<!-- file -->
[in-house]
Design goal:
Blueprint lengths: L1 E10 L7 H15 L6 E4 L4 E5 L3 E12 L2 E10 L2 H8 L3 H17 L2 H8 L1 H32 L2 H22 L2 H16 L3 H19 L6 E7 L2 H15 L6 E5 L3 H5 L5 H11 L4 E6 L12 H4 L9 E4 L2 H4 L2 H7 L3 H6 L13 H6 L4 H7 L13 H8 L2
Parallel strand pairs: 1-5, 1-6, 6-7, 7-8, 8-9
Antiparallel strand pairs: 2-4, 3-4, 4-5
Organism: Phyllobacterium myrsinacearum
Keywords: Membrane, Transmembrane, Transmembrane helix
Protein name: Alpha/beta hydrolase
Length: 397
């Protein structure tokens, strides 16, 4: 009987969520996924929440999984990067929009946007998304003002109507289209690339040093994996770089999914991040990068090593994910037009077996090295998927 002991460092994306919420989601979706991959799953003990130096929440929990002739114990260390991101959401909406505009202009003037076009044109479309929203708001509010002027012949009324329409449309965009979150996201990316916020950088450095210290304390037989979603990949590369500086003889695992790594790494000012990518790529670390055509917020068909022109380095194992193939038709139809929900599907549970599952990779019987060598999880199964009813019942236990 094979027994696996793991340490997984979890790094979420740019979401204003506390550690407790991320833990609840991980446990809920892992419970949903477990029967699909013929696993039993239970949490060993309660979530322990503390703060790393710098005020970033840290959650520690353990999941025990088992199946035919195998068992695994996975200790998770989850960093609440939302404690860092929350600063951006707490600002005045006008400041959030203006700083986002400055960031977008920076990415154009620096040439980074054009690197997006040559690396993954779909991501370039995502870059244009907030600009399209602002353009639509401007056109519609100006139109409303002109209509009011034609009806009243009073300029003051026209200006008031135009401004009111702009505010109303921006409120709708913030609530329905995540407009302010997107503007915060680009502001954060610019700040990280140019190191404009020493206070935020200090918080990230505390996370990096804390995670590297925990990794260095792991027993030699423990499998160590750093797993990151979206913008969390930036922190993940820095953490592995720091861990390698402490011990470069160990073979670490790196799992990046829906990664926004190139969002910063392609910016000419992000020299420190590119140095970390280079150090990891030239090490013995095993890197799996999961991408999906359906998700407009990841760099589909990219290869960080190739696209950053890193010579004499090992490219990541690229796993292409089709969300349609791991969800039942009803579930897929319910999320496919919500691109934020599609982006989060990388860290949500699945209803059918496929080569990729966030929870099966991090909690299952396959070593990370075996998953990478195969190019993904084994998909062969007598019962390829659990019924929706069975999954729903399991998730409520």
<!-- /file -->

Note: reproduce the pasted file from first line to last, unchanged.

[in-house]
Design goal:
Blueprint lengths: L1 E10 L7 H15 L6 E4 L4 E5 L3 E12 L2 E10 L2 H8 L3 H17 L2 H8 L1 H32 L2 H22 L2 H16 L3 H19 L6 E7 L2 H15 L6 E5 L3 H5 L5 H11 L4 E6 L12 H4 L9 E4 L2 H4 L2 H7 L3 H6 L13 H6 L4 H7 L13 H8 L2
Parallel strand pairs: 1-5, 1-6, 6-7, 7-8, 8-9
Antiparallel strand pairs: 2-4, 3-4, 4-5
Organism: Phyllobacterium myrsinacearum
Keywords: Membrane, Transmembrane, Transmembrane helix
Protein name: Alpha/beta hydrolase
Length: 397
């Protein structure tokens, strides 16, 4: 009987969520996924929440999984990067929009946007998304003002109507289209690339040093994996770089999914991040990068090593994910037009077996090295998927 002991460092994306919420989601979706991959799953003990130096929440929990002739114990260390991101959401909406505009202009003037076009044109479309929203708001509010002027012949009324329409449309965009979150996201990316916020950088450095210290304390037989979603990949590369500086003889695992790594790494000012990518790529670390055509917020068909022109380095194992193939038709139809929900599907549970599952990779019987060598999880199964009813019942236990 094979027994696996793991340490997984979890790094979420740019979401204003506390550690407790991320833990609840991980446990809920892992419970949903477990029967699909013929696993039993239970949490060993309660979530322990503390703060790393710098005020970033840290959650520690353990999941025990088992199946035919195998068992695994996975200790998770989850960093609440939302404690860092929350600063951006707490600002005045006008400041959030203006700083986002400055960031977008920076990415154009620096040439980074054009690197997006040559690396993954779909991501370039995502870059244009907030600009399209602002353009639509401007056109519609100006139109409303002109209509009011034609009806009243009073300029003051026209200006008031135009401004009111702009505010109303921006409120709708913030609530329905995540407009302010997107503007915060680009502001954060610019700040990280140019190191404009020493206070935020200090918080990230505390996370990096804390995670590297925990990794260095792991027993030699423990499998160590750093797993990151979206913008969390930036922190993940820095953490592995720091861990390698402490011990470069160990073979670490790196799992990046829906990664926004190139969002910063392609910016000419992000020299420190590119140095970390280079150090990891030239090490013995095993890197799996999961991408999906359906998700407009990841760099589909990219290869960080190739696209950053890193010579004499090992490219990541690229796993292409089709969300349609791991969800039942009803579930897929319910999320496919919500691109934020599609982006989060990388860290949500699945209803059918496929080569990729966030929870099966991090909690299952396959070593990370075996998953990478195969190019993904084994998909062969007598019962390829659990019924929706069975999954729903399991998730409520």